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Ian Parry Scholarship: Giving young photographers a helping hand

Lucia, nine, returns to her house in the early evening after bathing at a water pump nearby. Photo: Maisie Crow

It’s tough starting out as a young photographer -you’re fresh out of college, keen and ambitious. You’re armed with a fantastic portfolio and brimming with ideas. The world is your oyster. All you need now is your first commission.

You ring around all the picture editors – newspapers, magazines and charities – to see what they can give you. Mostly you get their answer machines, and if you do manage to get through they ask who you’ve worked for previously, what your experience is.

People are cautious about commissioning newcomers they’ve yet to hear of. So where do you start?

Roll in the Ian Parry Scholarship – a photographic award specifically geared towards giving young photographers a helping hand into a very difficult industry.

Ian Parry was a photojournalist who died while on assignment for The Sunday Times during the Romanian revolution in 1989. That was 20 years ago, he was just 24 years of age.

The Ian Parry Scholarship was created by Aidan Sullivan, then picture editor at the Sunday Times and Ian’s friends and family in order to build something positive from such a tragic death.

Each year an international photographic competition is held for young photographers who are either attending a full-time photographic course or are under 24.

The winner receives £5,000 towards doing an assignment of their choice, their work is published in the Sunday Times Magazine and they get to meet picture editors and other key people in the industry.

It really is a foot in the door. The award has been previously won by photographers who’ve gone on to become well known and established – Harriet Logan, Robbie Cooper, Sam Faulkner, Simon Roberts, Marcus Bleasdale, Zihah Gafic and Jonas Bendiksen.

Last year Save the Children linked up with the Ian Parry Scholarship to offer an additional prize to one of the young photographers entering the award – the chance to work with a leading charity to carry out a photography project.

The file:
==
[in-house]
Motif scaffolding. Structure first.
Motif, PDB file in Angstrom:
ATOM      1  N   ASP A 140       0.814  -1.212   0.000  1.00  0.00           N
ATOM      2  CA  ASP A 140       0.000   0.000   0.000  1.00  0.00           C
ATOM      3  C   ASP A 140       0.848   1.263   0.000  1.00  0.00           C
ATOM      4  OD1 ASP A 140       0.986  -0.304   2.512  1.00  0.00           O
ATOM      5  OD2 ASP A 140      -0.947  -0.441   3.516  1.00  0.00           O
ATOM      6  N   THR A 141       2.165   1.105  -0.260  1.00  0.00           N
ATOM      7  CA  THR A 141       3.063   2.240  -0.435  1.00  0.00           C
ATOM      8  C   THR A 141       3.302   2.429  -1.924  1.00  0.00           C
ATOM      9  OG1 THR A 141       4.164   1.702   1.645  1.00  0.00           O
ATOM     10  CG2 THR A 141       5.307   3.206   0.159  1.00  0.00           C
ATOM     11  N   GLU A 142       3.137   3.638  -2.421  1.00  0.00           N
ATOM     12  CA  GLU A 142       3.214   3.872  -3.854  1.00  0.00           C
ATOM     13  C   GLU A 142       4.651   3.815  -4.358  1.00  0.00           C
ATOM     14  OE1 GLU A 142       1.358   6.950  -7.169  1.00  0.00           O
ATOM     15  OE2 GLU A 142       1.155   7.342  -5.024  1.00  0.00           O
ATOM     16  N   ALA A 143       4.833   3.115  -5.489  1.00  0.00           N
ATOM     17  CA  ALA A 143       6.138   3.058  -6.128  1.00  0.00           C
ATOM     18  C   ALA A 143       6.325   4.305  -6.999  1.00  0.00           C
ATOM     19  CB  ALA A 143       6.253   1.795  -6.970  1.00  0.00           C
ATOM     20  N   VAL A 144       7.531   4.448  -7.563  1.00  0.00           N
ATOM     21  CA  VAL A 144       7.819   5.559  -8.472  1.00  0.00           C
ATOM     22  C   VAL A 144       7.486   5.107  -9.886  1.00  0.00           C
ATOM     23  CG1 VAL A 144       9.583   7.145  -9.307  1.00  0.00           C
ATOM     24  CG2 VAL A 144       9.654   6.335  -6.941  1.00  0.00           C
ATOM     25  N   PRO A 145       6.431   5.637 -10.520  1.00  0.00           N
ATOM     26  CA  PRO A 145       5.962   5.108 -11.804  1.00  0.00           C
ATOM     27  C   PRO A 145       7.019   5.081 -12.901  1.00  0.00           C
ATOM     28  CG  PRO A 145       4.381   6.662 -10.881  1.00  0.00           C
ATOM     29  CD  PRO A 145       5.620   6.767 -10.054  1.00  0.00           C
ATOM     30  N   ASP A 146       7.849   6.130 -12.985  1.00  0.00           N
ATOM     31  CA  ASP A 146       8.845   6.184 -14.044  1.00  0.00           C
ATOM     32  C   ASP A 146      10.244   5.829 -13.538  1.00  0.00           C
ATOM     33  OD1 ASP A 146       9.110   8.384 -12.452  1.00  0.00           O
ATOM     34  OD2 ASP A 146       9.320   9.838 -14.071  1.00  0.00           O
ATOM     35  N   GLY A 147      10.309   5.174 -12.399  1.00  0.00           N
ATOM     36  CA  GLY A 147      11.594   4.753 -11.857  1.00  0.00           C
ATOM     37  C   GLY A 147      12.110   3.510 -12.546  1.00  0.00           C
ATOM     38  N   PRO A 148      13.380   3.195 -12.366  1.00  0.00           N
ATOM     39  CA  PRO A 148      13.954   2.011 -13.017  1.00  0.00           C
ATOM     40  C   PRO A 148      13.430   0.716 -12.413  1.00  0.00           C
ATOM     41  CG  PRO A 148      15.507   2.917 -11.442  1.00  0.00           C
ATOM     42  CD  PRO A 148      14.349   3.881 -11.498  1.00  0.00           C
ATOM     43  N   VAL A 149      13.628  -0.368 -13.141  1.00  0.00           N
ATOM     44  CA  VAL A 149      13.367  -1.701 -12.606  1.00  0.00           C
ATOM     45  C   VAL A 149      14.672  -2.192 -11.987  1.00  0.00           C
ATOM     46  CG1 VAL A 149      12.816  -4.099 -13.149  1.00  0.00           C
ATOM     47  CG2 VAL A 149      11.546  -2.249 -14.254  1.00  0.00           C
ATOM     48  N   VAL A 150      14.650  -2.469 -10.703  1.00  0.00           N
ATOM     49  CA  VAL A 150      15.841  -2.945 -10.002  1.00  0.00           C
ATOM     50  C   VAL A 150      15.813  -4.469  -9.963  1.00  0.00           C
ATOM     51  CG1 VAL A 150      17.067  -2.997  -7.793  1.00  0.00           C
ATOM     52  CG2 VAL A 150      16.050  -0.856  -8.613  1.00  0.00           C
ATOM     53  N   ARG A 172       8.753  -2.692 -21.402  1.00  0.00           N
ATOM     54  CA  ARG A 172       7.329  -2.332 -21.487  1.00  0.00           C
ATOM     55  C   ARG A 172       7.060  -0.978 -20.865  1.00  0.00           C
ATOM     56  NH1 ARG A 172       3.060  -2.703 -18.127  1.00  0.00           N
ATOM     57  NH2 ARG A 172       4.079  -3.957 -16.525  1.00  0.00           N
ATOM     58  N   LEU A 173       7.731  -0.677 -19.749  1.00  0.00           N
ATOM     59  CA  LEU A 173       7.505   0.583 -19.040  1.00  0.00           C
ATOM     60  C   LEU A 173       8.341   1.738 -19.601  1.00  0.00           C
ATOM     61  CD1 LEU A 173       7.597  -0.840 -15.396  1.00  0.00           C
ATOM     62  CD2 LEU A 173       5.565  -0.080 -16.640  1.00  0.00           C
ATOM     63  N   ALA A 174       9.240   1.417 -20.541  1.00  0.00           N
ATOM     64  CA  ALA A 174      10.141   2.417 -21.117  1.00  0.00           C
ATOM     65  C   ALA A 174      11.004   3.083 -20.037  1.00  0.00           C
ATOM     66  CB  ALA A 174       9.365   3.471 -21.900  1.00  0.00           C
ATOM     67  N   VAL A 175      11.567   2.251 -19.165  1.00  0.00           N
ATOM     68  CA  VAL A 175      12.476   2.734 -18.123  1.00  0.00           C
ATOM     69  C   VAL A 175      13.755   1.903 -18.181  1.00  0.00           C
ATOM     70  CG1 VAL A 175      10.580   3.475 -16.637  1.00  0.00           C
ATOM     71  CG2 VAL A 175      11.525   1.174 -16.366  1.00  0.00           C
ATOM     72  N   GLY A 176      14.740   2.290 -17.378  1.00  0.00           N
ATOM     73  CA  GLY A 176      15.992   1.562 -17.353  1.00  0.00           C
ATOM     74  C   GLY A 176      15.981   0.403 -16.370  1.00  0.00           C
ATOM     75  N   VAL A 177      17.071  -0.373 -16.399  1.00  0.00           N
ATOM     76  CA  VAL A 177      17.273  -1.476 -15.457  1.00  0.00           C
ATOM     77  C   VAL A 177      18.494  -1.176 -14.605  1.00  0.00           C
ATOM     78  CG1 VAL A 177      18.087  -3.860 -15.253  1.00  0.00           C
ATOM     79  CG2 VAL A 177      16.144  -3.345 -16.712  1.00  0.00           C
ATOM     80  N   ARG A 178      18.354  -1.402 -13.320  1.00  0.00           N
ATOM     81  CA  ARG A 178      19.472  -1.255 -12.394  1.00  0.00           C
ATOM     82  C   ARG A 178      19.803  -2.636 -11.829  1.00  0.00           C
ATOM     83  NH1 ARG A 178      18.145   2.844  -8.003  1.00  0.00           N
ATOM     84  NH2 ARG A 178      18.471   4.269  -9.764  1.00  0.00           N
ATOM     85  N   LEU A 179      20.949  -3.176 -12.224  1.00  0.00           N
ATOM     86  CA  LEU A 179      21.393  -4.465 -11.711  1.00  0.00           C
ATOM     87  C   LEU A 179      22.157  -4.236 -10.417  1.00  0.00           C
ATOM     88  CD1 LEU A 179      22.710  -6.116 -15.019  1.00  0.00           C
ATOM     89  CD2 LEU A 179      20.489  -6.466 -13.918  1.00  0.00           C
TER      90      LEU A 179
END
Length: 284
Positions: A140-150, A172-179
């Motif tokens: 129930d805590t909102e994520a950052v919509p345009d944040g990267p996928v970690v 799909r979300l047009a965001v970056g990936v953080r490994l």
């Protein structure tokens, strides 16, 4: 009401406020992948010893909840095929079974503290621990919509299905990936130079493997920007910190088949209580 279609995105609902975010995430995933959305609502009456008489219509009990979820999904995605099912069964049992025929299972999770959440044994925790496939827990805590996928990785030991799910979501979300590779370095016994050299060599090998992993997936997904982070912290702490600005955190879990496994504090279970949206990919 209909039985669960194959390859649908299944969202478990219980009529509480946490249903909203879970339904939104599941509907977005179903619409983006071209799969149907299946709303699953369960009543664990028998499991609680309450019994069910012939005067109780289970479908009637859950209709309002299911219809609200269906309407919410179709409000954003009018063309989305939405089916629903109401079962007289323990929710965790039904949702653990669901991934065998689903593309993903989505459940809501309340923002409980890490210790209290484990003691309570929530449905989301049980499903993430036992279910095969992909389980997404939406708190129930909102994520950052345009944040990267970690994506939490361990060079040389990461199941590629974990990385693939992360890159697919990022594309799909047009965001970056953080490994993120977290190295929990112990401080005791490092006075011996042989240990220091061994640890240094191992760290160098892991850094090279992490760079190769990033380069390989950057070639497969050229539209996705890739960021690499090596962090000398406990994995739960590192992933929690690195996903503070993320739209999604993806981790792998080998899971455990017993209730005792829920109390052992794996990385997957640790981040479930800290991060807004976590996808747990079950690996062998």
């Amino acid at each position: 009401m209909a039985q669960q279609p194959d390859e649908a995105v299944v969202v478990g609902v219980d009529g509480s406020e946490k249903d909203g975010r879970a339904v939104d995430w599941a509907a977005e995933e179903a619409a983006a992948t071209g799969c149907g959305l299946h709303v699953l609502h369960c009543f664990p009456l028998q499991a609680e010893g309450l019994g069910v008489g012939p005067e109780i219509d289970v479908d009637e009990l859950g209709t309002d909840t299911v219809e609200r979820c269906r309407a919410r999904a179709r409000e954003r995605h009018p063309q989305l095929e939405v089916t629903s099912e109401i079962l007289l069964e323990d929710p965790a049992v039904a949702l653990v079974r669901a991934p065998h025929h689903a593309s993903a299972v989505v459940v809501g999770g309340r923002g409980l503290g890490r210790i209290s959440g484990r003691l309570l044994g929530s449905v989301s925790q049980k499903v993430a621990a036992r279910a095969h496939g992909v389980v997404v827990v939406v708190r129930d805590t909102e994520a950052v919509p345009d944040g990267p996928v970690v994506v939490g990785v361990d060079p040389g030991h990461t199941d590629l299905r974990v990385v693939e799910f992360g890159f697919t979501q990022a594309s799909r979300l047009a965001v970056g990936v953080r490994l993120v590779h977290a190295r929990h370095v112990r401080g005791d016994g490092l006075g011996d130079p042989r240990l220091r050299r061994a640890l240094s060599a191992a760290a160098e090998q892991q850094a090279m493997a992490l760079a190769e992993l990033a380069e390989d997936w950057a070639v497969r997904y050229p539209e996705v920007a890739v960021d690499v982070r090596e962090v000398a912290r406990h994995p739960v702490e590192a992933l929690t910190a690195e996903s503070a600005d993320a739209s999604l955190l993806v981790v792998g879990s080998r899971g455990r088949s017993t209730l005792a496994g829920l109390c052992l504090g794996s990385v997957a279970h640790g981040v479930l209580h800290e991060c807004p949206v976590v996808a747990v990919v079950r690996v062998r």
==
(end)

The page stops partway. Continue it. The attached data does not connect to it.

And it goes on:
We’re really excited about this partnership – the Ian Parry scholarship is all about giving young and emerging photographers an opening and support into the tough world of the photographic industry and through this additional award Save the Children is able to contribute by offering an opening into working for the NGO industry – an area of growth in the photographic industry. It’s fantastic for us to work with such talented, emerging photographers.

The award Save the Children gives out is an all expenses paid assignment with us on a subject matter or country that is of mutual interest to the photographer and Save the Children.

Last year, our award went to Maisie Crow and she has just returned from Mozambique where she focused on the impact of HIV and AIDS on children – through the eyes of a nine-year-old girl, Lucia, who not only has to care for her sick mother but also her younger sister – taking on the responsibilities of an adult.

Maisie has shot the story in a very intimate way that not only shows Lucia’s vulnerability but also her stoicism and strength.

Her work will be exhibited at the Ian Parry Scholarship exhibition at the Getty Gallery (46 Eastcastle Street, London W1W 8DX) from 16 August for one week, along with the work of all this year’s winners.

Please do come along to see fantastic photography from these young, inspiring photographers.

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